• Adapt and create programming that responds to the interests and needs of working, active and independent mid-life and older adults.
  • Design and deploy website that accommodates our many programs and constituency.
Needs Statement
We’re faced with the strong possibility that the federal government will soon terminate the agency that provides funding for the Senior Companion Program. This will have a overwhelming effect on those 135 clients and their families, and also on the 90 Senior Companions who provide critical assistance and help keep our older adult population in the living community of their choice. Without senior companions, it’s likely that most if not all of those 135 will need to move to an assisted living facility at an average cost of $7000/mo. Our program keeps aging adults in their own home for less than 3% of that cost. We need contingency funding to support not only our current clients and their companions, but also 100 aging adults on our waiting list and senior companions to assist them.
We will consolidate 3 office spaces to increase efficient delivery of services, and to accommodate program/project growth. The space will be central to our service area, have room for 20 staff members, meeting areas for volunteers, a commercial kitchen, classrooms, and space for larger public presentations. We need to conduct a feasibility study, identify a space and secure funding.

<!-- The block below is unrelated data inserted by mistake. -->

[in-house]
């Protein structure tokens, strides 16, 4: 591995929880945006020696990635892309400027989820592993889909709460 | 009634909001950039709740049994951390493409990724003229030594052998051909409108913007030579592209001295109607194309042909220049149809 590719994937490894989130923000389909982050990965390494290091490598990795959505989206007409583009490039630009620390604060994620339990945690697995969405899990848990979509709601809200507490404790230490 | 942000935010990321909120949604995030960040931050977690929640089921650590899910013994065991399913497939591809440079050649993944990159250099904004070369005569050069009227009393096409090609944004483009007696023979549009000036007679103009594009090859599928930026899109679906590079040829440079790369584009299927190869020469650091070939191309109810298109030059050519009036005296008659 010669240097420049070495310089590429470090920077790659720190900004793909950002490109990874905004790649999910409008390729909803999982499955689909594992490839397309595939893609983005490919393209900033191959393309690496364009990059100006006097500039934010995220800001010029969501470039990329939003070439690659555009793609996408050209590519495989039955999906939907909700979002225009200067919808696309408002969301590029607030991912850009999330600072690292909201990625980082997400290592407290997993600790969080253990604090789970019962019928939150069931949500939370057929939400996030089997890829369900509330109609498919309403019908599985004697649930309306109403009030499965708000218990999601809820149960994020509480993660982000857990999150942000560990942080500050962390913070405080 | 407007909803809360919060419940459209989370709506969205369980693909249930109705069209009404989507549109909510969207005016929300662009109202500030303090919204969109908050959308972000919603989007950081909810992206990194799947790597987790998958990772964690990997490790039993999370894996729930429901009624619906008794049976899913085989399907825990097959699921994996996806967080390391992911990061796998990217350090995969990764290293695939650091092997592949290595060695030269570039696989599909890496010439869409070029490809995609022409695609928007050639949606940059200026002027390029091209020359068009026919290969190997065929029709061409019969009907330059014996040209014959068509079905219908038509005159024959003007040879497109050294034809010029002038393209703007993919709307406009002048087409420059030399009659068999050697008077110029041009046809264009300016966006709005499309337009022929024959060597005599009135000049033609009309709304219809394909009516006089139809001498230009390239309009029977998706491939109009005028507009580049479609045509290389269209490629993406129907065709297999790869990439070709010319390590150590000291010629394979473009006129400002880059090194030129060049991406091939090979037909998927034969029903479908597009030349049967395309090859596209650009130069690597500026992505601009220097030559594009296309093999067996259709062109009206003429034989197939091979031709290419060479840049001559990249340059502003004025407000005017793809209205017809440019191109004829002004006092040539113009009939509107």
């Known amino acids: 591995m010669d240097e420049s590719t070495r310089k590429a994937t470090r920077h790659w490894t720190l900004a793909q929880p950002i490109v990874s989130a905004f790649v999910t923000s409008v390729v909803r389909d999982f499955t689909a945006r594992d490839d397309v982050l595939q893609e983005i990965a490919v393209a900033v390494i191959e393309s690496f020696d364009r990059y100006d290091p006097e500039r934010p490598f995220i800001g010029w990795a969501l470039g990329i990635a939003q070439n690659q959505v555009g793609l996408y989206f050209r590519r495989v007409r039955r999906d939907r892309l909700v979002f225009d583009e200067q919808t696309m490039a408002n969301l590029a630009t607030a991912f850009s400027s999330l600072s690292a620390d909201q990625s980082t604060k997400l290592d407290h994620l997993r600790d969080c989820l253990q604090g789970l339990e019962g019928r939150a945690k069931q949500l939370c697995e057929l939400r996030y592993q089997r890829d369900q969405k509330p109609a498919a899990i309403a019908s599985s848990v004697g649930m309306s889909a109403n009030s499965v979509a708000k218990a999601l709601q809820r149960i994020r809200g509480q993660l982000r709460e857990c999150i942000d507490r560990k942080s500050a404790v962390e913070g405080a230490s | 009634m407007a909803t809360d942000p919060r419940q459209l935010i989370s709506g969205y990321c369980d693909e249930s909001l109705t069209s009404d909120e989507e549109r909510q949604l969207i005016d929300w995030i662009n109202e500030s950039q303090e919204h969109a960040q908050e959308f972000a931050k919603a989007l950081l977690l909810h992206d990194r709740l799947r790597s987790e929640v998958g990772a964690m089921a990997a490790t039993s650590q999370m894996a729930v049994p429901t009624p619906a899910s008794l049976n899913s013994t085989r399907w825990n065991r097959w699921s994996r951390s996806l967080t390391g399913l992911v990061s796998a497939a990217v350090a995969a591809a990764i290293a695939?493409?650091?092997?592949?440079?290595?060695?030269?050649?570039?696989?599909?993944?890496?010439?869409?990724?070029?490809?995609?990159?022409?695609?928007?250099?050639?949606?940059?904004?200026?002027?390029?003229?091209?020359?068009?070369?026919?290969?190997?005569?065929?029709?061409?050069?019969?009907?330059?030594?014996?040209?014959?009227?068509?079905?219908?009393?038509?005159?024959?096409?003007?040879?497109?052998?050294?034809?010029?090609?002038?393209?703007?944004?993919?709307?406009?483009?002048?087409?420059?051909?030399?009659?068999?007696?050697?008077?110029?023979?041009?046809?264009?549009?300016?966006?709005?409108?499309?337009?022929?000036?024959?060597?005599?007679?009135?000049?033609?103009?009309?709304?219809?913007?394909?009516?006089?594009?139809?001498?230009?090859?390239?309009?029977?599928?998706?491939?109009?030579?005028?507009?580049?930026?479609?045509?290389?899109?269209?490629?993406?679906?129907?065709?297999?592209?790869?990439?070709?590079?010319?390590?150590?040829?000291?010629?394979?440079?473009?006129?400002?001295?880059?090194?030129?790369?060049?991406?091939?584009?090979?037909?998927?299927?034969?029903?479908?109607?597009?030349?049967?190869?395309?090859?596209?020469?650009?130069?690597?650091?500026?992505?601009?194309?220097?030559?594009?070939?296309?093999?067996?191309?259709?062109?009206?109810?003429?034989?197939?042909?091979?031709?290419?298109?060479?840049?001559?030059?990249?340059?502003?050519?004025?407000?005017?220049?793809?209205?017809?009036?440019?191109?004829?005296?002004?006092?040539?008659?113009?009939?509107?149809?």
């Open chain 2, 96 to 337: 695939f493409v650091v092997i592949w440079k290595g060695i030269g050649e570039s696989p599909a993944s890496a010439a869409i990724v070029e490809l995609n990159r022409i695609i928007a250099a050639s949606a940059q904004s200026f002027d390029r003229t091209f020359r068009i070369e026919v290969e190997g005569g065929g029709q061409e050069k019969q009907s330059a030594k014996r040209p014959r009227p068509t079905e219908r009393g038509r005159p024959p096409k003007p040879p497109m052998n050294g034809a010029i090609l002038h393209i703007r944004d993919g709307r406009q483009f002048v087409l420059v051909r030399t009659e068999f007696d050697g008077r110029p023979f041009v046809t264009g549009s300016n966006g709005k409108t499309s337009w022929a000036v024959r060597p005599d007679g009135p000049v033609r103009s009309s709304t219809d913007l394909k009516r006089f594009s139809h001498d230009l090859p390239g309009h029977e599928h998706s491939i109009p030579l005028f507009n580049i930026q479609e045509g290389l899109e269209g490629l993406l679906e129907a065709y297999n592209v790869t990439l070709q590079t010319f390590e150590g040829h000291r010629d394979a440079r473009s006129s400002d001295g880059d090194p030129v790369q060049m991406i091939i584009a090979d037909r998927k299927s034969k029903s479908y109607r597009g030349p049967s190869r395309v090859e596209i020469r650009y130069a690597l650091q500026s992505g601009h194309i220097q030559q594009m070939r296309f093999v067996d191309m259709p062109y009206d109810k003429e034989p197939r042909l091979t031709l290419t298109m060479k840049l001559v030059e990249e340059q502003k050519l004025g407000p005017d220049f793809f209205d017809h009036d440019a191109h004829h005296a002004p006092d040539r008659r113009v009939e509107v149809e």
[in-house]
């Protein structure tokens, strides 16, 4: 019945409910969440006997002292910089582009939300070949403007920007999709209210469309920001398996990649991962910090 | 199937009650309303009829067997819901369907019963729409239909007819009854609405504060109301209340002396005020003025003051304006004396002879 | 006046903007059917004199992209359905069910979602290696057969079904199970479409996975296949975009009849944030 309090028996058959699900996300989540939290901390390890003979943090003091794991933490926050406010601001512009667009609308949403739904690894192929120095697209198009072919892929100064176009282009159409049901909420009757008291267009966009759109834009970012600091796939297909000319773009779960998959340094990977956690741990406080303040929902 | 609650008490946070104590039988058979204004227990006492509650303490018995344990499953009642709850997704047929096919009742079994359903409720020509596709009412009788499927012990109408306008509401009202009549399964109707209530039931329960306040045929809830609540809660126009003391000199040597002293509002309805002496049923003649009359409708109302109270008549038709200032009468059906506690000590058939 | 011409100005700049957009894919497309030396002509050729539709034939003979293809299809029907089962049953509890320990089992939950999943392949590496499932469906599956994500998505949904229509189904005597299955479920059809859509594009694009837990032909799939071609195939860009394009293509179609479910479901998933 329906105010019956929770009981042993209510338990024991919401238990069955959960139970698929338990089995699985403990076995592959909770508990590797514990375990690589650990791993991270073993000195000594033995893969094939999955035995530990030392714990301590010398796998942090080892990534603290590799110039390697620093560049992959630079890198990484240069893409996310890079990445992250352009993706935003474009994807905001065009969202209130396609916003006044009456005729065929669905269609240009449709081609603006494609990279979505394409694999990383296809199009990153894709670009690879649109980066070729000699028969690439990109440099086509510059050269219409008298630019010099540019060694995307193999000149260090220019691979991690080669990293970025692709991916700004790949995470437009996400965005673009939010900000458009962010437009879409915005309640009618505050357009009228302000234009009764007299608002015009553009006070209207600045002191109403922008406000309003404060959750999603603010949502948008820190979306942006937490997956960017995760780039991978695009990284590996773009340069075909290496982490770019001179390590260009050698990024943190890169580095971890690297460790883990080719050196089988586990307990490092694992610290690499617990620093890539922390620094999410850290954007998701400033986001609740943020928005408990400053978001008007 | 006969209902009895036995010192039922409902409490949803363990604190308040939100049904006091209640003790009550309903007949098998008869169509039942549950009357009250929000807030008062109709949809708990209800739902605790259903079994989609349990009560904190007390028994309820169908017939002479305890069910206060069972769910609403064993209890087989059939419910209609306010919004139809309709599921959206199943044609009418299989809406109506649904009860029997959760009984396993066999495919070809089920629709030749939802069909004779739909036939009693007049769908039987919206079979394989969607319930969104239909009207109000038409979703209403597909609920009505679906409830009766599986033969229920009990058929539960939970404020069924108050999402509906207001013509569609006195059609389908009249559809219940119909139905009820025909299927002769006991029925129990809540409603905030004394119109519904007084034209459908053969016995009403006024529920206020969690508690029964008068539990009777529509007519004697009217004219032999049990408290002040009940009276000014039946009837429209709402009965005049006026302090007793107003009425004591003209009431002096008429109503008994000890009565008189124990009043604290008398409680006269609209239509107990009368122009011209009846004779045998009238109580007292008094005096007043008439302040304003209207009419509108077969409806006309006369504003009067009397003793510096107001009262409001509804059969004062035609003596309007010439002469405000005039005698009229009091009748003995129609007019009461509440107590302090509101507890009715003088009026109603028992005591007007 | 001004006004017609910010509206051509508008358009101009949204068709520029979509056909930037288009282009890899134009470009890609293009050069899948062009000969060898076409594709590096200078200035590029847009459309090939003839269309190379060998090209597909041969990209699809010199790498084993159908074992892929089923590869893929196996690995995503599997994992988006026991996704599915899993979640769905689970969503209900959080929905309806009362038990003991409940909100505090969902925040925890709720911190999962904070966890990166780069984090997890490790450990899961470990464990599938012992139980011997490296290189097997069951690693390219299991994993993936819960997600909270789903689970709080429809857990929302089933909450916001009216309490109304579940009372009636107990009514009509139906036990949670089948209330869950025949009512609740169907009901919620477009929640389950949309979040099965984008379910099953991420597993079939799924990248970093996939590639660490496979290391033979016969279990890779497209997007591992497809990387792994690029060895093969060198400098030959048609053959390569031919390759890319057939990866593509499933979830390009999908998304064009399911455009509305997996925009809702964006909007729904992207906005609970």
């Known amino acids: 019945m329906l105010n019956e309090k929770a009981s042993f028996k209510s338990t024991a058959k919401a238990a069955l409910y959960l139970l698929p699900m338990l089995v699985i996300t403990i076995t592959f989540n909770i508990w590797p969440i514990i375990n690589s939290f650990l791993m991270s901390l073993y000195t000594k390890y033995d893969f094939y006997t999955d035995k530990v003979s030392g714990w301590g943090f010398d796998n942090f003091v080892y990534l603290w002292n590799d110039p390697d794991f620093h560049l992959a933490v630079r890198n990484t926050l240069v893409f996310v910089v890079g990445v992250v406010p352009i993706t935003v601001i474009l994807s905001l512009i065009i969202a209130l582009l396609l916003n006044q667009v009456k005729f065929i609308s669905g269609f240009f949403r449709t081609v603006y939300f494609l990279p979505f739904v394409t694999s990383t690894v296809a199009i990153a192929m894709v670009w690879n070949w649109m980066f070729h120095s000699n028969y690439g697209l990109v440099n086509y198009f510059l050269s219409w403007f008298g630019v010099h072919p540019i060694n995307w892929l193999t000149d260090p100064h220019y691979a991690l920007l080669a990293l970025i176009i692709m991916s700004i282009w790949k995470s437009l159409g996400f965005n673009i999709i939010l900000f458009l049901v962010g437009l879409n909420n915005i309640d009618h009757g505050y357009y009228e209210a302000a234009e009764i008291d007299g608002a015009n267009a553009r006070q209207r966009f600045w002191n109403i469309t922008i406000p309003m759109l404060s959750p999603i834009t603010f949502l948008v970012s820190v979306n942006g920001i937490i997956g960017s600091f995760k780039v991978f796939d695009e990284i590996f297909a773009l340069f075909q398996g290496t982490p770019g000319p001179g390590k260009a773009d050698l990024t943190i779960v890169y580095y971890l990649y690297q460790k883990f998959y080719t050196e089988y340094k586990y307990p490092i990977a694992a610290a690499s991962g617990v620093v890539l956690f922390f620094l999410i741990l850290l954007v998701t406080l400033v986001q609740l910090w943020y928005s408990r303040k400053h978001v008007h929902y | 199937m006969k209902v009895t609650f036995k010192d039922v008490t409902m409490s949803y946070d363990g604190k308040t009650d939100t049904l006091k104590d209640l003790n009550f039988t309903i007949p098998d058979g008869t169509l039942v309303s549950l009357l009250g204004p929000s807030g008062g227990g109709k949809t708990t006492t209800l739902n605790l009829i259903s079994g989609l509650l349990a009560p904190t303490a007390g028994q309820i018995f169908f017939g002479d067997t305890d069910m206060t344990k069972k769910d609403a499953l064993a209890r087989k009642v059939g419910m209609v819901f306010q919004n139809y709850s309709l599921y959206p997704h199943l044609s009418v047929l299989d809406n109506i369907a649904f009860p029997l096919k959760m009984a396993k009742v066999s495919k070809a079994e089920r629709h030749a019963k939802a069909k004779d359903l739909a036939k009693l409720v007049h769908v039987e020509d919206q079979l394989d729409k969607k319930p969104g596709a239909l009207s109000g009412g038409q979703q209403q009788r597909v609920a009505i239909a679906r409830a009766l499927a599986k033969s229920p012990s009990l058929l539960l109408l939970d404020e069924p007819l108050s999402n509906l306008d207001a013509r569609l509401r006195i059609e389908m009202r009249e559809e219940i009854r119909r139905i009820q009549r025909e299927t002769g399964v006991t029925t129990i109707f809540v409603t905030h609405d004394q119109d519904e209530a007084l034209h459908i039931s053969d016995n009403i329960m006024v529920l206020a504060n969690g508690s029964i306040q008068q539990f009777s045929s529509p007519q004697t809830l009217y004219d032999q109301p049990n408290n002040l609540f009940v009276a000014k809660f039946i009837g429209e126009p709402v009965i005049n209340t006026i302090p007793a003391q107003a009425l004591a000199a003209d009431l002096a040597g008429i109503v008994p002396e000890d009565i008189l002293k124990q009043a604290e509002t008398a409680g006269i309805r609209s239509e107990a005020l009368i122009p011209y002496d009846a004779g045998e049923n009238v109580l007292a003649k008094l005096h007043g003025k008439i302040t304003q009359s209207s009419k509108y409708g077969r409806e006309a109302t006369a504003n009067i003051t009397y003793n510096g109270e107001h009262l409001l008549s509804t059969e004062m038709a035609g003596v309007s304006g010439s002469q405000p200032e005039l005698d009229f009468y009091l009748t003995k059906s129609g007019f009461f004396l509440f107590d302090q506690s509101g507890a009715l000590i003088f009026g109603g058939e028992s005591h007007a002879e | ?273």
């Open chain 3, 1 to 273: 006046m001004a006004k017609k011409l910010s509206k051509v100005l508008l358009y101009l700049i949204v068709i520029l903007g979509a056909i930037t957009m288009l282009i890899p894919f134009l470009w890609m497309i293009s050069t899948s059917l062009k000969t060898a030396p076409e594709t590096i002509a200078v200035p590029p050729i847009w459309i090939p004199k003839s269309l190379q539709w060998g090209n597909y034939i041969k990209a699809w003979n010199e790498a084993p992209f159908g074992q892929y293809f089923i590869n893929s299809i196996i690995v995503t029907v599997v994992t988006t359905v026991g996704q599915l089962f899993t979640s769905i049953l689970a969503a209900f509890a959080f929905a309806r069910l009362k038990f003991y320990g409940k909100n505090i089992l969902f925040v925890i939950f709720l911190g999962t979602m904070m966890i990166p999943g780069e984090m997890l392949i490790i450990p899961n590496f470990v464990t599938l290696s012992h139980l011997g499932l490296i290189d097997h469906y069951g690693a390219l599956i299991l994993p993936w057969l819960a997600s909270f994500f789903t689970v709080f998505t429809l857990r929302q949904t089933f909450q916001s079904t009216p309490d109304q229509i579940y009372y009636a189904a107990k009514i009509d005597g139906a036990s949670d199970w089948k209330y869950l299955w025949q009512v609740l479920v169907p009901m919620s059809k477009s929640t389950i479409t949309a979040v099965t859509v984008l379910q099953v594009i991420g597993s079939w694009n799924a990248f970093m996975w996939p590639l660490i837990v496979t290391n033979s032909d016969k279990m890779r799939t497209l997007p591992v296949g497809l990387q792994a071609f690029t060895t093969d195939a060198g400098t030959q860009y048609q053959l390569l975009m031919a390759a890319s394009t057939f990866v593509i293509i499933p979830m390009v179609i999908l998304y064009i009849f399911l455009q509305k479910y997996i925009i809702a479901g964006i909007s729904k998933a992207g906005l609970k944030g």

Service Categories
Centers to Support the Independence of Specific Populations
In-Home Assistance
Senior Centers/Services
Areas of Service
MO - Jackson County
MO - Clay County
MO - Platte County
KS - Johnson County
CEO/Executive Director/Board Chair Statement
As a volunteer for Meals on Wheels at Shepherd’s Center and in my own Brookside neighborhood, I see older adults in the community who:
  • stopped driving because of age, illness and other conditions,
  • have difficulty shopping for groceries,
  • struggle to keep appointments with medical professionals and filling prescriptions,
  • have a tough time understanding the maze of requirements for obtaining and maintaining insurance,
  • have trouble paying bills and keeping track of documents.
One 98 year old neighbor is living alone, but struggles with every day activities. The teapot whistles when he prepares his morning coffee, but he has a hard time getting his hot coffee to the breakfast table because he needs to use a walker. He sleeps in a recliner because back problems make it too painful getting in and out of his bed; for the same reason he has a hard time negotiating a shower. Even simply buttoning his shirt is a struggle. His family shops for groceries, but he prefers soup and Ensure as the mainstay of his diet because it’s troublesome to prepare meals. He’s lonely and feels isolated, so I check on him every day and take him meals during the week.
He’d benefit from social and physical activities, Meals on Wheels, even a Senior Companion to give a helping hand or an attentive ear. But that indicates a loss of valuable independence to him, and represents my greatest challenge and strongest motivation as Board Chair.
As an organization, we face funding uncertainty and a growing population of older adults increasingly isolated in a changing society with evermore-complex technologies and regulations. Additionally, the most fundamental requirements of food, shelter, medicine, and human contact are threatened. In response, we ask more of our volunteers, more from those who shepherd and accompany those in need of our services, and more from our altruistic donors.